Thousands of men rally in Jerusalem against plans to enrol them into military, saying it would harm their way of life.
Thousands of ultra-Orthodox Jews have protested in Jerusalem against plans to enlist men from their community into the army.
Police spokesman Micky Rosenfeld said at least 20,000 protesters took part in Thursday’s rally near the city’s military draft bureau.
About a dozen arrests were made when violence erupted and men hurled bottles and stones at officers, some on horseback, who used stun grenades to quell the unrest.
A water cannon was also deployed as protesters set alight rubbish bins, a regular occurrence at ultra-Orthodox demonstrations. At least six officers required medical treatment and two were taken to hospital, Rosenfeld added.
Rabbis warned protesters that army service would irreparably harm their way of life.
“The government wants to uproot [our traditions] and secularise us, they call it a melting pot, but people cannot be melted. You cannot change our [way of life],” Rabbi David Zycherman told the crowd.
An Israel Radio commentator said the participants came from the most hardline elements of the ultra-Orthodox community who shun any compromise with the authorities on army service, and even refuse to recognise Israel for religious reasons.
Prime Minister Binyamin Netanyahu’s coalition government has committed to increase drafting ultra-Orthodox men, most of whom receive exemptions on religious grounds, in order to share the national burden and reduce pressure on the middle classes.
The party of Finance Minister Yair Lapid, Netanyahu’s main coalition partner, received wide support at the polls in January on a pledge to resist demands by religious parties and to spread the load of army service and taxation more evenly.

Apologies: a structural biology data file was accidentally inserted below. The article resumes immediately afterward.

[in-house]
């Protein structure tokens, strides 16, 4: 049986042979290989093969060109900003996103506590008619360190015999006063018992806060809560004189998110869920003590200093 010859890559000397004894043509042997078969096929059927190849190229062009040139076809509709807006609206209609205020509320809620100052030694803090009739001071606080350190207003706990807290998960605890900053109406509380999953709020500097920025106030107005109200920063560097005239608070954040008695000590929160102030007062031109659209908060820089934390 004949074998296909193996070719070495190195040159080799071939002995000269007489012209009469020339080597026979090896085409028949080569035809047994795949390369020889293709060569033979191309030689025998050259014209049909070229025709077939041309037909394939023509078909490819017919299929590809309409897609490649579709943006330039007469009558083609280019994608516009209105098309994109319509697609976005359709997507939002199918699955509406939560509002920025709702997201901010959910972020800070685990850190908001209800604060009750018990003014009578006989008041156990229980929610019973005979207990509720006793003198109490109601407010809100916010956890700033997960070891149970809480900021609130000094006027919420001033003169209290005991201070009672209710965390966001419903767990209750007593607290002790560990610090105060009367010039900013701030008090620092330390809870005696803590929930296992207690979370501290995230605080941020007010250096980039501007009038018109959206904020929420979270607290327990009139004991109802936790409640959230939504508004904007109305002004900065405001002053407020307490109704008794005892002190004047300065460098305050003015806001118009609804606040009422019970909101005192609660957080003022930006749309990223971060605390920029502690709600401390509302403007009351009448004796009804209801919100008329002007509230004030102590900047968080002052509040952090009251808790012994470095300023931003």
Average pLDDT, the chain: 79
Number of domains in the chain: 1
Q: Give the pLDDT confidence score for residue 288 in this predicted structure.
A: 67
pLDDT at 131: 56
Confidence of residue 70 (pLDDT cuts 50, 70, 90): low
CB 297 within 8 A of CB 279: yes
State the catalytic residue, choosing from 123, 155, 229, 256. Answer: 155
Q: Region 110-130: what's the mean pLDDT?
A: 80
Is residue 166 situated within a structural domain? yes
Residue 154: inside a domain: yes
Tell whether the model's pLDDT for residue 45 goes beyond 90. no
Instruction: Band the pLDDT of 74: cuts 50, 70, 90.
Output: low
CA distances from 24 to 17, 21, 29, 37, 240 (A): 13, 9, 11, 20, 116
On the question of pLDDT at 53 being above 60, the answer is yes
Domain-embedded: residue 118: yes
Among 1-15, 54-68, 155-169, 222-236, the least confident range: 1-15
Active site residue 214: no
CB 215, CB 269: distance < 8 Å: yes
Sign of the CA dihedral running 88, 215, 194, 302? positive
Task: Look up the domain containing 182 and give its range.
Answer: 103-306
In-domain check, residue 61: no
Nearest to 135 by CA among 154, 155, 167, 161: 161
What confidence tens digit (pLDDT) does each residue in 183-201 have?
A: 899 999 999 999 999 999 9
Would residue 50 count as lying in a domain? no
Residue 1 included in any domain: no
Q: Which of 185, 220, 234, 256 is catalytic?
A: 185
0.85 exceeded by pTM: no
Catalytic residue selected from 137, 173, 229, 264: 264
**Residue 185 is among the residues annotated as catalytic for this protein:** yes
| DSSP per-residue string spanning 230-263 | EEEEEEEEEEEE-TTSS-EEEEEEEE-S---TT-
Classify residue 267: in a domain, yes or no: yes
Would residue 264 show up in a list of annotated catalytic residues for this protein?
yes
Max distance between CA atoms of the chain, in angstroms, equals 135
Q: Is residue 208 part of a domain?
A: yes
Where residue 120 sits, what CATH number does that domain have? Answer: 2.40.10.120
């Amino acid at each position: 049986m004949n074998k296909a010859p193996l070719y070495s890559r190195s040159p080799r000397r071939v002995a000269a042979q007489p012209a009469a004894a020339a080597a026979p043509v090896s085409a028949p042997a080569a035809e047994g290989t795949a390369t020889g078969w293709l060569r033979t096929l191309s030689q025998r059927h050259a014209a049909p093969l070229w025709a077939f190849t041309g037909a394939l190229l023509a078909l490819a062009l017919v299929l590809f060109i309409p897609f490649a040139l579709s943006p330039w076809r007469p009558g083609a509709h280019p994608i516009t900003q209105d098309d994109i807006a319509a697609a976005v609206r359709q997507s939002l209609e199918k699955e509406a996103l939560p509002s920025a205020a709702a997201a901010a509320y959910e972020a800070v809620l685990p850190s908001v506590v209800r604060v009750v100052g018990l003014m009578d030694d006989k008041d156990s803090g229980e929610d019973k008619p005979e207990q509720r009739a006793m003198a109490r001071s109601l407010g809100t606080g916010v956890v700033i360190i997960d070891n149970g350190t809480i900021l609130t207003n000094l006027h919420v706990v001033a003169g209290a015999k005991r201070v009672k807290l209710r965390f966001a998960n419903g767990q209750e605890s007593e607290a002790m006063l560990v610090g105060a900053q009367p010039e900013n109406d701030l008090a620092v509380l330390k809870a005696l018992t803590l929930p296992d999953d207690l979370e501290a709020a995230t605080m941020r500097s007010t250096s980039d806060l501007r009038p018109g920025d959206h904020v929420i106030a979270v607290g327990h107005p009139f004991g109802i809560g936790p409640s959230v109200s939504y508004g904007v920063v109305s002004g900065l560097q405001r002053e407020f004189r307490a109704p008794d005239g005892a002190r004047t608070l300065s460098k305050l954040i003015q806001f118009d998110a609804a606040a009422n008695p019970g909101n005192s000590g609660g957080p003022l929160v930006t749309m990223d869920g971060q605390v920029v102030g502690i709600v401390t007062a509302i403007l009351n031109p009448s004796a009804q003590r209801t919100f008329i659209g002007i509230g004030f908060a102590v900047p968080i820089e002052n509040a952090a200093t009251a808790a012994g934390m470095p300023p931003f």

Military service is compulsory in Israel, with men serving three years and women two.
But tens of thousands of ultra-Orthodox are currently exempted from army service by virtue of being enrolled in religious seminaries, or yeshivas.
Any move to expand the draft is vehemently opposed by the two ultra-Orthodox parties, Shas and United Torah Judaism.
Ultra-Orthodox Jews make up some 10 percent of Israel’s population of eight million. Most do not work and rely heavily on state subsidies for their religious studies and to support their families.
About 60 percent of ultra-Orthodox men engage in full-time Jewish religious studies, keeping them out of the labour market.
On Tuesday, the cabinet approved a budget draft that will slash spending and hike taxes this year, and next, to rein in a growing budget deficit.
Lapid has warned that failure to implement public spending cuts could cause an economic collapse.